More old news is the fact that Rambus, for all practical purposes, was shot down in flames in Federal court this month. Not only were the patent infringement claims thrown out, but the patents in question were limited in their scope. Then, to add injury to insult, the jury found Rambus guilty of fraud in their dealings with JEDEC. Furthermore, just this week an Italian judge threw out all Rambus claims against Micron. The only question that seems to be left is whether Judge Payne will rule that the Rambus patents are unenforceable under the rule of ‘equitable estoppel’, which basically means that because Rambus was not dealing in good faith with JEDEC, their applicable patents cannot be enforced on any JEDEC members. This would essentially mean that SDRAM and DDR royalties are no longer an issue with regards to Rambus.
Ironically, these decisions may have had the exact opposite effect that people expected. Instead of causing manufacturers to completely abandon DRDRAM, they now appear to be more willing to embrace it. This may be due to the fact that Rambus is now less ‘scary’ as a player in the industry, and is evidenced by Intel’s recent decision to once again push back their i845B chipset (P4 DDR) several months at least. Though this may seem like a bad thing for those who are staunchly opposed to anything Rambus, it could be exactly what the industry needed to move forward. The P4 was designed for memory bandwidth, and currently only DRDRAM can deliver.
Much of the DDR vs. Rambus ‘war’ was politically motivated, rather than technically. Both technologies had their benefits and drawbacks last year, but DDR was the one that had the political advantage, for several reasons. As long as there was a threat of Rambus controlling the industry, the politics were more important than the business or technical issues. It has now become obvious that DDR is not a panacea for all memory woes, and DRDRAM does have a huge benefit in bandwidth, which the Pentium 4 was designed to exploit. With the most serious drawback for DRDRAM no longer that much of an issue (price), it can be seriously considered a contender for the next memory standard.
Going out on a bit of a limb, and being sure to state this only as a personal opinion, I believe it is possible that by the end of next year we could see DRDRAM with a fairly significant market share (more than 20%), with all memory makers producing parts, all chipset makers including support in at least one of their chipsets, and AMD making products that utilize it. My reasoning here is that something must replace SDRAM, and DDR seems to be losing momentum right now, Intel is still strongly behind DRDRAM, SDRAM/DDR margins are non-existent, and since Rambus has been brought down to earth the resistance from memory makers has a chance of crumbling. No doubt Micron, Infineon and Hyundai will not be extremely happy if this occurs, but on the other hand, Rambus would not be in much of a position to deny a license to manufacture, since it could be their only source of revenue.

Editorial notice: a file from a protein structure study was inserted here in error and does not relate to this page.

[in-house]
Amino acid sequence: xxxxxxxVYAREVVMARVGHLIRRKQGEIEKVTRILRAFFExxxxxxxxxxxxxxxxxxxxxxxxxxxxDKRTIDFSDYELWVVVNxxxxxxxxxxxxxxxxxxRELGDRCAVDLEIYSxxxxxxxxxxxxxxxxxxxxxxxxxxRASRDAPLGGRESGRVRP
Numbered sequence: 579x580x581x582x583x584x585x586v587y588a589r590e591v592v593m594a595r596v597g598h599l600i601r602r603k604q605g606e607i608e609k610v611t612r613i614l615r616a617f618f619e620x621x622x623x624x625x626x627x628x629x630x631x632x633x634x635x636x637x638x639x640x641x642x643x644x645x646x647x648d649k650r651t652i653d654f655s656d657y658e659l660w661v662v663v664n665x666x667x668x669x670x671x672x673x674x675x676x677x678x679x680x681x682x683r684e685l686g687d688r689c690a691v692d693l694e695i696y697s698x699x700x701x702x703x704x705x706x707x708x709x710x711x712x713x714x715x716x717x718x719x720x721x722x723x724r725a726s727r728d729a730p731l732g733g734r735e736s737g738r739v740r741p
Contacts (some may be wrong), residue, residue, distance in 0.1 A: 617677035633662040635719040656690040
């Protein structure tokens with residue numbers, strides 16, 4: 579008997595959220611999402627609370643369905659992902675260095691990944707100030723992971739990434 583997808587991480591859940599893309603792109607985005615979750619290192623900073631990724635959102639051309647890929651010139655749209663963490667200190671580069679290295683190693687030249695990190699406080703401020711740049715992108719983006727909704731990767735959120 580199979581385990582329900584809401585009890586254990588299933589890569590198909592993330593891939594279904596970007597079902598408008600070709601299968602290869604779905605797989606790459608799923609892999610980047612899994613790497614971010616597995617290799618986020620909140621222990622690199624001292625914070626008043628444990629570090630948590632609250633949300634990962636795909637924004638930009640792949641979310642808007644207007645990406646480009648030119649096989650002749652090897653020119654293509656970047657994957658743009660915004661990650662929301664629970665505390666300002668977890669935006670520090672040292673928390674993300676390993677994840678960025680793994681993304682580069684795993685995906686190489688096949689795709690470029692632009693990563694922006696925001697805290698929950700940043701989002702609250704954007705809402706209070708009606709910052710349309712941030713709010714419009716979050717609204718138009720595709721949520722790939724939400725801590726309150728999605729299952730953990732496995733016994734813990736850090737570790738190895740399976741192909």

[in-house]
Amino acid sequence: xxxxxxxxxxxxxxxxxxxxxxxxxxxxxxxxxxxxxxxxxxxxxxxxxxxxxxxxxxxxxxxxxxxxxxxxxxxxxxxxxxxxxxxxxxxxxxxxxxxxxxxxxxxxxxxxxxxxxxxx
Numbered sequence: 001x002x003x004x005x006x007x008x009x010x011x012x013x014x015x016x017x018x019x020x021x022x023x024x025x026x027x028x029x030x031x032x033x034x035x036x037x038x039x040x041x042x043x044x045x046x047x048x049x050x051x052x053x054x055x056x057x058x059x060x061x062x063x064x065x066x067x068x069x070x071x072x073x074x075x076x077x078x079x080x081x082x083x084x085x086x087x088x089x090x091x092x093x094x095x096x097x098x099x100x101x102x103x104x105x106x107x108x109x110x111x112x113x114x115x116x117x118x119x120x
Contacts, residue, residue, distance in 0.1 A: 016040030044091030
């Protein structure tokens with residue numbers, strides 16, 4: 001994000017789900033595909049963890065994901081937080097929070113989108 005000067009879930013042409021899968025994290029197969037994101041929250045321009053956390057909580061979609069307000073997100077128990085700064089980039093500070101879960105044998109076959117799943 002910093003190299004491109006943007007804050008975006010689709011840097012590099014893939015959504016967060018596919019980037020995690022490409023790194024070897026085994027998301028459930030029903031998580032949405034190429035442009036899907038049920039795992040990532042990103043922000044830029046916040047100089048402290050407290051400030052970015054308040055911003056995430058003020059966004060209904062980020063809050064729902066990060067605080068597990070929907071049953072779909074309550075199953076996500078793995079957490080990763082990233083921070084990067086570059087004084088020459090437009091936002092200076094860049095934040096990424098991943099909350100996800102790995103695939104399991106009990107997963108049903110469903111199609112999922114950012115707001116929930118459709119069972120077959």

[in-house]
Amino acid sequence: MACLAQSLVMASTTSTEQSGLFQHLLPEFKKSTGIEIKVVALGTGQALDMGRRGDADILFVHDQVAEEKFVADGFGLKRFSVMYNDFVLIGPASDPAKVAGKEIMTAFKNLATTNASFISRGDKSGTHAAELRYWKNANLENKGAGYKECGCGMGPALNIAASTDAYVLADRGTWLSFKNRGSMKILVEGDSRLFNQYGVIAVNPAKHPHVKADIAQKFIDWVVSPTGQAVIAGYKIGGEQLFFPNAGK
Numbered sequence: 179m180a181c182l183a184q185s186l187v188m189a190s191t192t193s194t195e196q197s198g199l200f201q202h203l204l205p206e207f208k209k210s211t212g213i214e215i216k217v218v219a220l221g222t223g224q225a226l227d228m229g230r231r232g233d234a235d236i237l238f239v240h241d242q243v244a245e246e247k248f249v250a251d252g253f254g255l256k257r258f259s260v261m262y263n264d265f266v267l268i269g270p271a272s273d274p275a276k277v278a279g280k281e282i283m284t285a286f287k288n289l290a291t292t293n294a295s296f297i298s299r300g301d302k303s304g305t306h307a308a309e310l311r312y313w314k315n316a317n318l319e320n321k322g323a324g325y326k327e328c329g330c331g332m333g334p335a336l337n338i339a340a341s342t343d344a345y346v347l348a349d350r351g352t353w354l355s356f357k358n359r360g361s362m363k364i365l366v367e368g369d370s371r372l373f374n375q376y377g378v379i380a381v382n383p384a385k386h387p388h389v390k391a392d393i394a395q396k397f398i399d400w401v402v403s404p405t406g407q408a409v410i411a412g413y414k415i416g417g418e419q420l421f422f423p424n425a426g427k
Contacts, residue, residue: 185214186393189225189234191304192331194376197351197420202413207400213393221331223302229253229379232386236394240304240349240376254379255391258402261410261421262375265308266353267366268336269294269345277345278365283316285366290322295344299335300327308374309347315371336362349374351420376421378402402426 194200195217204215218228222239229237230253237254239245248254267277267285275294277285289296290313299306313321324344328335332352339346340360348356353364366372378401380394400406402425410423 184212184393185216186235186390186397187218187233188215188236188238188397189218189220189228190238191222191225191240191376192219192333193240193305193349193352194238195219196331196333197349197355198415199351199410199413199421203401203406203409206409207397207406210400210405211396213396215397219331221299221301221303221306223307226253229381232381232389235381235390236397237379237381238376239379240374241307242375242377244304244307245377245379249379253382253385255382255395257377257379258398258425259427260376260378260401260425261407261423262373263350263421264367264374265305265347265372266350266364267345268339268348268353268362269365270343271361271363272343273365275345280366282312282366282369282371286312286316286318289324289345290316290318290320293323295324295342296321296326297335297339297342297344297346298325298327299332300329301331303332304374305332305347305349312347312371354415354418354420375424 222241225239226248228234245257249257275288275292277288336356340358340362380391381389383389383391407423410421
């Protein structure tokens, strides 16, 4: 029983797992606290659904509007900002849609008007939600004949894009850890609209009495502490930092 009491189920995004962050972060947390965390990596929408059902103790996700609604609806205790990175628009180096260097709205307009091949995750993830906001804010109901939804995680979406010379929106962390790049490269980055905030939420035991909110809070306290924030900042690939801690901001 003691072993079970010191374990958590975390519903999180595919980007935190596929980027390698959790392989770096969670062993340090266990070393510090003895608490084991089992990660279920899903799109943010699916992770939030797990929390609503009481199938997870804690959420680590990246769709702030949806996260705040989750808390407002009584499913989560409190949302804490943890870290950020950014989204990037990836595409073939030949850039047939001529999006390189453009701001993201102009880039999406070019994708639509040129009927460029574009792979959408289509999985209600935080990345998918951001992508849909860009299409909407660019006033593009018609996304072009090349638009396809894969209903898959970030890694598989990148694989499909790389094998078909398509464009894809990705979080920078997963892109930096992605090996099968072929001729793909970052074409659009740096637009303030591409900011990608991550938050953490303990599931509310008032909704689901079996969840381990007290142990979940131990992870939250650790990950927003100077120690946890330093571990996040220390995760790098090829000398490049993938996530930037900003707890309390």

Before the pro-Rambus crowd starts claiming that Rambus has ‘won’ (and anti-Rambus people start flaming me), it is only a suggested possibility based upon conversations with a few well-connected people, and the fact is that in this fast moving industry technologies are replaced very quickly. Whether DRDRAM or DDR is the next memory standard, it would likely only be a two or three year reign, since there are already several potential replacement technologies making their appearance, including FRAM (Ferro-electric RAM) and MRAM (Magneto-resistive RAM).
Currently, approximately 75% of all DRAMs are used in computers, according to Dataquest, however this is expected to decrease to about 50% in a few years. Embedded applications are becoming more popular, and graphics applications are growing as well. An advantage for MRAM is that it not only is fast (3ns access vs. 60ns for DRAM), but is non-volatile and requires less than 1% of the power DRAM does, . In fact, Electronic News posted an article a few weeks back that states “MRAM appears to offer a route to the ultimate all-purpose semiconductor memory—fast to read, fast to write, nonvolatile, durable and dense—something the chip industry has been seeking for 30 years.” Of course, we’ve all heard similar hype about certain memory technologies before…
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